From what I've read and seen following the 40K mythos over the years, the only aspect of Humanity that isn't underestimated by literally every race out there is their aggression. Seriously, to any alien civilisation outside Imperial borders looking in (not there are many of those left in the 40,000 BC Milky Way), humans look like an unstoppable tide of mass murdering psychotics.


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#78 Radwraith

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Posted 30 March 2014 - 10:51 PM

And......? ;)



#79 Darth Smeg

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Posted 31 March 2014 - 05:05 AM

 

 

humans look like an unstoppable tide of mass murdering psychotics.

 

And this is reflected in how all my players play their characters :)


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#80 cps

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Posted 31 March 2014 - 07:57 AM

I have to say, I really enjoy all of the complaining about GW in this thread. It's been a long time since I played tabletop (~10 years) and pretty much everything people have said struck a chord. From the price hikes, White Dwarf going down the shitter, and insane rules changes (latest codex best codex), I'm really glad I got out when I did.  I remember when LotR was released and suddenly I had no interest at all in a third of WD's content.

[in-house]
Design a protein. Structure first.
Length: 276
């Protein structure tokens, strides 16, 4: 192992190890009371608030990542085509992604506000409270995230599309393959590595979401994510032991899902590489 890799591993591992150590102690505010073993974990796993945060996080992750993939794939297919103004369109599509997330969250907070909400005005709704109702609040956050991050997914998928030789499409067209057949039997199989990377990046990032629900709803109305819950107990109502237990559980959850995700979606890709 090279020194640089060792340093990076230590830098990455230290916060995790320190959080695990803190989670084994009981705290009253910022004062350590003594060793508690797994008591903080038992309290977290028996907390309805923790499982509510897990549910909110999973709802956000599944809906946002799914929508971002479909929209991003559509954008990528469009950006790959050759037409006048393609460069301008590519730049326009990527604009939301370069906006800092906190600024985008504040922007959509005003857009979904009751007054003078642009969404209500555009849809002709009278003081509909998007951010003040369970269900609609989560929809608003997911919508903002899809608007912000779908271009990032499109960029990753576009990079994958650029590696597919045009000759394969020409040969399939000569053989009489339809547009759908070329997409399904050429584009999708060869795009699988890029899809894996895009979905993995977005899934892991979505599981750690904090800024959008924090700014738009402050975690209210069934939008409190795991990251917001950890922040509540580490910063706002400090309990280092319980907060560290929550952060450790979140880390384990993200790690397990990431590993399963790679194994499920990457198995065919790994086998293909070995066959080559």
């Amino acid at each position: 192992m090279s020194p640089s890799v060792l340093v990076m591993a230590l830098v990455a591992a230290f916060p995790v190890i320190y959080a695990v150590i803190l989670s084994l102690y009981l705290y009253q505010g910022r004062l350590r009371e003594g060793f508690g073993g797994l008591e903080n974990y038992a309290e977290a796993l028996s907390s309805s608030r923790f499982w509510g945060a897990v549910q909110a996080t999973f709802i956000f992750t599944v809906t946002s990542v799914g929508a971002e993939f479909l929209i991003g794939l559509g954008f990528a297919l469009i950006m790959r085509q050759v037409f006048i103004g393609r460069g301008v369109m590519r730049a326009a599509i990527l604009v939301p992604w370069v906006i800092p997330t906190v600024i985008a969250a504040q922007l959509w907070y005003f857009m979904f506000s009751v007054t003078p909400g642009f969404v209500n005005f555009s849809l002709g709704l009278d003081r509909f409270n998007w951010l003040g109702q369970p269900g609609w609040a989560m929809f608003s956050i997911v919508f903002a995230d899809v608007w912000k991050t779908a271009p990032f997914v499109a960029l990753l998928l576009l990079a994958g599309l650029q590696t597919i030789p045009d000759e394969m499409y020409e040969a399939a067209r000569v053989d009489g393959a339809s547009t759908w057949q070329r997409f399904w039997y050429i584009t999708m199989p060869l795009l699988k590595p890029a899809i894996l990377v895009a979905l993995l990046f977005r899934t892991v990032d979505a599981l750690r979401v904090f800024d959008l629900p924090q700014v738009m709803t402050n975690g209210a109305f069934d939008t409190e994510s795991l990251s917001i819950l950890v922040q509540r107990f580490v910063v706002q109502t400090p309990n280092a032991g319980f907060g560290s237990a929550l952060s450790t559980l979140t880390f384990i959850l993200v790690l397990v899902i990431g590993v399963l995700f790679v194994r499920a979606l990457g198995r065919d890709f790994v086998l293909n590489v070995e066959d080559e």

If you can find it, the old Mordheim articles have excellent terrain advice. The how-tos in those are beautiful. Speaking of Mordheim, did you know they're making a video game? I'm excited to see how it goes, but if GW's past video game studio selection is any indication it will be shitty shovelware. Relic was a fluke.

 

But back on topic, I'm not optimistic about the future of FFG's 40k RPG line. Me and my group have moved on, and unless they offer something dramatically different in terms of mechanics, we're not coming back. DH1 is showing its age, and we tried OW and didn't like it much, and their new game that hasn't even launched yet is essentially the same game. Which is sad, because I really enjoy the DH setting. I just wish they'd done something new and interesting with it.

 

I didn't see anyone mention Rogue Trader. If FFG sticks to pattern, that's the next game in line for an upgrade. They basically can't use the EotE mechanics for that though, because that's what Edge of the Empire already is. And who would buy a new game that's just a game they already own with a new coat of paint?

 

(side note: Edge of the Empire is excellent and I take back everything bad I said about the funny dice)